America’s wild mustangs are part of our historical heritage and they are our responsibility to protect and preserve. The government’s current purposed horse round up in Northern California and sale of them is not an acceptable way to manage or preserve the animals now roaming freely inside the Modoc National Forest. The U.S. Forest Service purposes to round up hundreds of animals and make them available for adoption over a 30 day period. All those 10 years and older are to be sold without limitations at $1.00 each. This would allow kill buyers to purchase truckloads of horses. We must protect our wild horses and develop a more humane program for herd management. Sending hundreds of healthy horses to slaughter is not the solution!
You can help save the horses by supporting your choice of a wild horse sanctuary and writing or emailing your government representatives to bring the plight of the mustangs to their attention. Act now!
Let your voice be heard. Our wild mustangs need our help. The U.S. government and Bureau of Land Management’s new proposals and regulations for our wild mustangs are not acceptable. Wild horse round ups by helicopter, herding terrified animals for miles and miles to be held captive in abominable, cramped holding facilities is inhumane and not a viable solution to wild horse management. The BLM must fairly allocate range resources to ensure all wildlife, including our wild horses, have a fair share of the forage on our public lands. And a fertility control program must be implemented to humanely and effectively manage our wild horse herd populations.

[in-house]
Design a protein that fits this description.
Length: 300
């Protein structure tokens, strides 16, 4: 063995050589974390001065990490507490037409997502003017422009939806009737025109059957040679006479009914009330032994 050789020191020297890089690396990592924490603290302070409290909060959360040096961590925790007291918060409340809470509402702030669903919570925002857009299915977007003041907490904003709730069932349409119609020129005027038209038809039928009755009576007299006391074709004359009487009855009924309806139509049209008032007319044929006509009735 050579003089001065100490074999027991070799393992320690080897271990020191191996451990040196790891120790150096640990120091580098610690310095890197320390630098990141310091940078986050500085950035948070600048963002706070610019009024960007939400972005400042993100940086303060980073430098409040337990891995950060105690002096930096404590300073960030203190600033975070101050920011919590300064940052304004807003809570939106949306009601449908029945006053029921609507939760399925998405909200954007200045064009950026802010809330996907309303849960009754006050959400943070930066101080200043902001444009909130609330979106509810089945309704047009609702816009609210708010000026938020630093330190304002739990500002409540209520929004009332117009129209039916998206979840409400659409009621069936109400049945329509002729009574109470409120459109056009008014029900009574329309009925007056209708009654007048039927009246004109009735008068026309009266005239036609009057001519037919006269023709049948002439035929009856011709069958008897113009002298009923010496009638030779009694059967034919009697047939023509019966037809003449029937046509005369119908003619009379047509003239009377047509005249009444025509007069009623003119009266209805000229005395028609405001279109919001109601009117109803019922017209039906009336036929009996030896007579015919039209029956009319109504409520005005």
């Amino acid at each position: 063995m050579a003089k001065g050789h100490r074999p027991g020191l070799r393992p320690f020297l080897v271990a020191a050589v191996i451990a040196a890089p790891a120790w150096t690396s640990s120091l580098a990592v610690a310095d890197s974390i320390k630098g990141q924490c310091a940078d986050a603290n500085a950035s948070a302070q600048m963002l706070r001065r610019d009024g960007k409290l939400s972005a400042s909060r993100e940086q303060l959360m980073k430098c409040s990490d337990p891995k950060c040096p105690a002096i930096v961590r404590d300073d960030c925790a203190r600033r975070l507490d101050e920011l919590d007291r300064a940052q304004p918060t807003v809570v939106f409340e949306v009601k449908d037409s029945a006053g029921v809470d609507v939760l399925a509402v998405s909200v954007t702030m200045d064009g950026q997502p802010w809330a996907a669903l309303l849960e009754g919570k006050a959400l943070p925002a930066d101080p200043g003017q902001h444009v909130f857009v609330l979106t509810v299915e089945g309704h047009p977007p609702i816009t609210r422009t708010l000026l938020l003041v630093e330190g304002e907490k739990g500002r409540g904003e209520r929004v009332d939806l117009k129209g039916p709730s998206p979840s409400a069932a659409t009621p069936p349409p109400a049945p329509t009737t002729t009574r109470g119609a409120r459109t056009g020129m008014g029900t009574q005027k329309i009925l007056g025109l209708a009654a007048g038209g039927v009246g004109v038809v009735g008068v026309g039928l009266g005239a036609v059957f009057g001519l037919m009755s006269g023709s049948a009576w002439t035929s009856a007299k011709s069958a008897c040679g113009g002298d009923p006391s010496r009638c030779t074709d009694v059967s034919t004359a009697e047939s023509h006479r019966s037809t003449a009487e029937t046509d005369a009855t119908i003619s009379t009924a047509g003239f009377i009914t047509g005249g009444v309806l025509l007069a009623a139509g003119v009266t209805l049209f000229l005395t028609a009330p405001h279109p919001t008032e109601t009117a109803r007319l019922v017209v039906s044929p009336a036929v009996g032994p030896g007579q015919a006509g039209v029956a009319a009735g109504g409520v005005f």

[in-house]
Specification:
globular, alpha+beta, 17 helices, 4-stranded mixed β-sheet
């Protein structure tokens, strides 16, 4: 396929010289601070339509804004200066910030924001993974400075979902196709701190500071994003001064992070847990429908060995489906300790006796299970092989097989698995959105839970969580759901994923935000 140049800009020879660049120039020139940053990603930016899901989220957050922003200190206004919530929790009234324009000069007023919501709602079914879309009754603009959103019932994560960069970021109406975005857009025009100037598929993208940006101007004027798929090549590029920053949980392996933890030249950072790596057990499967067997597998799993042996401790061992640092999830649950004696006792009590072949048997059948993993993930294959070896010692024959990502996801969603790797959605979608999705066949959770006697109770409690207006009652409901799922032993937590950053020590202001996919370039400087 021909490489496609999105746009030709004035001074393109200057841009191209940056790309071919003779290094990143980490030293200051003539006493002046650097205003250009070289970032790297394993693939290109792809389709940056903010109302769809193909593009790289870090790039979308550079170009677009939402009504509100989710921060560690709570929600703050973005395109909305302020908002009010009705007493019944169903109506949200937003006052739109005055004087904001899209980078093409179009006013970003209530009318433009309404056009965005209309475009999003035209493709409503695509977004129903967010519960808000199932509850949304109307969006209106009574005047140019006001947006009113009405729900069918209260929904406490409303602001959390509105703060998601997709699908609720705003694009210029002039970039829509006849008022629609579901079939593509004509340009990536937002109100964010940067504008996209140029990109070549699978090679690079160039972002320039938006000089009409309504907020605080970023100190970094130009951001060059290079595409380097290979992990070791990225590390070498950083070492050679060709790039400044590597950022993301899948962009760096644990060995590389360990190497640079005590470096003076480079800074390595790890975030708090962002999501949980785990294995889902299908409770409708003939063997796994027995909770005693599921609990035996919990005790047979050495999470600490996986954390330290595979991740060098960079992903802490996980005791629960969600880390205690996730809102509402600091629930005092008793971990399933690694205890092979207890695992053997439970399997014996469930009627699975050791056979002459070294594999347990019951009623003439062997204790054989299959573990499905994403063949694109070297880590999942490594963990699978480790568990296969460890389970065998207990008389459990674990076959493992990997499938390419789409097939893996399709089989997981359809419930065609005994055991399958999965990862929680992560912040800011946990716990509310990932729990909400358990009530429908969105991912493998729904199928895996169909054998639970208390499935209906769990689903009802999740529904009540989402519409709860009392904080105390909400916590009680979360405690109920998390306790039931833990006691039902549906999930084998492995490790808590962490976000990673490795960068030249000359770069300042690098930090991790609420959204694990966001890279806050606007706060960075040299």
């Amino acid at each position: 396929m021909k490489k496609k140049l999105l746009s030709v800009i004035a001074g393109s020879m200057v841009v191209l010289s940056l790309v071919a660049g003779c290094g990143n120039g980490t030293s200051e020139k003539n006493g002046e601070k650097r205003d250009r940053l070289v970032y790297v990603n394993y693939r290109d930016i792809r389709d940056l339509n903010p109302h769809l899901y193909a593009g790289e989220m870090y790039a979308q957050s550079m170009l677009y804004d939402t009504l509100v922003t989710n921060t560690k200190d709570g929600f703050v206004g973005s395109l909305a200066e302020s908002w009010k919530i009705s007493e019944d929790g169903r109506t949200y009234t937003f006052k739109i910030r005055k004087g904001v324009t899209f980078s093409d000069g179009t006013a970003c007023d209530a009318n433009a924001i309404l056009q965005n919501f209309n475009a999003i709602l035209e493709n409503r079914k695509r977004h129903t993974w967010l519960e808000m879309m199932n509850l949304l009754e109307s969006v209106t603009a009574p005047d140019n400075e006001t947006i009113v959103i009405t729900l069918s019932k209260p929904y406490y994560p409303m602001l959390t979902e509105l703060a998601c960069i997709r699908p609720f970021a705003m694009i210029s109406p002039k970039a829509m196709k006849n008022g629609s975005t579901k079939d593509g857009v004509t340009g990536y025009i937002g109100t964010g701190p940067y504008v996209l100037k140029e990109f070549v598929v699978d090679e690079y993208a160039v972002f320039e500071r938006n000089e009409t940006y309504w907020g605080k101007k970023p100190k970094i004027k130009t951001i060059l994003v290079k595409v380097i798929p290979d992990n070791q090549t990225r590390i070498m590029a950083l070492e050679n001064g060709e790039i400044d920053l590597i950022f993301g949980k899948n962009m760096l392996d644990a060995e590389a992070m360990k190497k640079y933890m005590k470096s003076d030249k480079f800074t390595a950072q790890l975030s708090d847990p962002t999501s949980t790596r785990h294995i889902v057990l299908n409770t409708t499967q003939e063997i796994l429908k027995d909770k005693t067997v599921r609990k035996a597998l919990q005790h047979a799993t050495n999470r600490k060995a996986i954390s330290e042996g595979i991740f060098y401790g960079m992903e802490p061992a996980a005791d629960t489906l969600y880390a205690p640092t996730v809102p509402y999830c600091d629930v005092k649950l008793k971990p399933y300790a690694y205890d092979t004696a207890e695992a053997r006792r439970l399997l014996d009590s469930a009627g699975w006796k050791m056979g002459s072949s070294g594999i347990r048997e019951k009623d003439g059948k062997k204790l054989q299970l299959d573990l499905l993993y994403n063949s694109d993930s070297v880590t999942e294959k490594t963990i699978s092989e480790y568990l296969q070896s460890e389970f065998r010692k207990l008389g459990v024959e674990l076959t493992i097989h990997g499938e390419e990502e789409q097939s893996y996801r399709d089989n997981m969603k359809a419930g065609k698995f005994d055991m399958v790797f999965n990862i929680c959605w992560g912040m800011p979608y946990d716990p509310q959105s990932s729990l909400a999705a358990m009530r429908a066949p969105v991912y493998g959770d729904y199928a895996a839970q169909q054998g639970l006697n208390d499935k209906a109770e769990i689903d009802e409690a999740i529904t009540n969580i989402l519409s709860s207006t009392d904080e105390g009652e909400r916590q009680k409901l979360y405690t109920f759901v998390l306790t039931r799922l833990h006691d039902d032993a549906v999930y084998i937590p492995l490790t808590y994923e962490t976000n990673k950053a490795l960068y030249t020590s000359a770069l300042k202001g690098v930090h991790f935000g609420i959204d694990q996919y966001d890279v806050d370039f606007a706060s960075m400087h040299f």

Our wild horses need us to save them from any government plan to euthanize or send them to slaughter. The American Mustang is a part of our historical heritage and we must see that they are preserved. These horses belong to all of us. They are true national treasures and the responsibility of all of us to protect.
The Preakness Stakes horse race is held on the third Saturday of May each year at Pimlico Race Course in Baltimore, Maryland. It is the second gem in the Triple Crown and is held two weeks after the Kentucky Derby and three weeks before the Belmont Stakes.
The Preakness has often been called the Run for the Black Eyed Susans because the winner will be draped with a blanket of yellow flowers in honor of Maryland’s state flower instead of the traditional red roses. The race was first run in 1873 and was named by a former Maryland governor after a winning colt.
This Saturday, May 21st, will be the 141st running of the Preakness Stakes. On May 27th 1873 a three year old colt named Survivor won by 10 lengths. It was the biggest margin victory at the track until 2004 when Smarty Jones crossed the finish line 11 1/2 lengths ahead of the pack. Maybe this year a new record will be set!